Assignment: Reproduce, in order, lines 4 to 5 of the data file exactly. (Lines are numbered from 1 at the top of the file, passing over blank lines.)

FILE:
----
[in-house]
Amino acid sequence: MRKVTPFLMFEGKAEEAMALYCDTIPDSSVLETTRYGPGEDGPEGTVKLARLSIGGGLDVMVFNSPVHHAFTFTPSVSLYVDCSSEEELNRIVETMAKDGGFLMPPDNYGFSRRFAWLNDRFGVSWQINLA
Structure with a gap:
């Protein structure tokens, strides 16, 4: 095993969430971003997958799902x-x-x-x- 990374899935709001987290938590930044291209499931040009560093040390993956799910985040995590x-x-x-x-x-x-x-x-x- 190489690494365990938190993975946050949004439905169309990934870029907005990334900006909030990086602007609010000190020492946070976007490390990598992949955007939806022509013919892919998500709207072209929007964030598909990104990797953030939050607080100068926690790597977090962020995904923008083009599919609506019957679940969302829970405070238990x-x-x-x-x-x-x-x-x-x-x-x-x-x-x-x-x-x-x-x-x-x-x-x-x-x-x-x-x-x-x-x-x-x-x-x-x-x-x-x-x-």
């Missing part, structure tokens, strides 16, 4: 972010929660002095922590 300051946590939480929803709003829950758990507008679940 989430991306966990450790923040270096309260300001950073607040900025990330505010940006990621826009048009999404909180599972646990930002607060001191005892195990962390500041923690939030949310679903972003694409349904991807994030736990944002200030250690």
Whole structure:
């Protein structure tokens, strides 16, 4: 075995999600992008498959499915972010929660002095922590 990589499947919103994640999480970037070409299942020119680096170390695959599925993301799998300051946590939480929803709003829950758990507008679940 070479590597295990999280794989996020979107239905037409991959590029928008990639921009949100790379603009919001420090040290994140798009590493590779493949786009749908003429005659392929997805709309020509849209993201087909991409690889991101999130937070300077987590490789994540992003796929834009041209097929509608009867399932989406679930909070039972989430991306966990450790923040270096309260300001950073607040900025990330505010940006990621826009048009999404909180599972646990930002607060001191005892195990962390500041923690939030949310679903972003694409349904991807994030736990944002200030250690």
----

């Protein structure tokens, strides 16, 4: 095993969430971003997958799902x-x-x-x- 990374899935709001987290938590930044291209499931040009560093040390993956799910985040995590x-x-x-x-x-x-x-x-x- 190489690494365990938190993975946050949004439905169309990934870029907005990334900006909030990086602007609010000190020492946070976007490390990598992949955007939806022509013919892919998500709207072209929007964030598909990104990797953030939050607080100068926690790597977090962020995904923008083009599919609506019957679940969302829970405070238990x-x-x-x-x-x-x-x-x-x-x-x-x-x-x-x-x-x-x-x-x-x-x-x-x-x-x-x-x-x-x-x-x-x-x-x-x-x-x-x-x-």
């Missing part, structure tokens, strides 16, 4: 972010929660002095922590 300051946590939480929803709003829950758990507008679940 989430991306966990450790923040270096309260300001950073607040900025990330505010940006990621826009048009999404909180599972646990930002607060001191005892195990962390500041923690939030949310679903972003694409349904991807994030736990944002200030250690």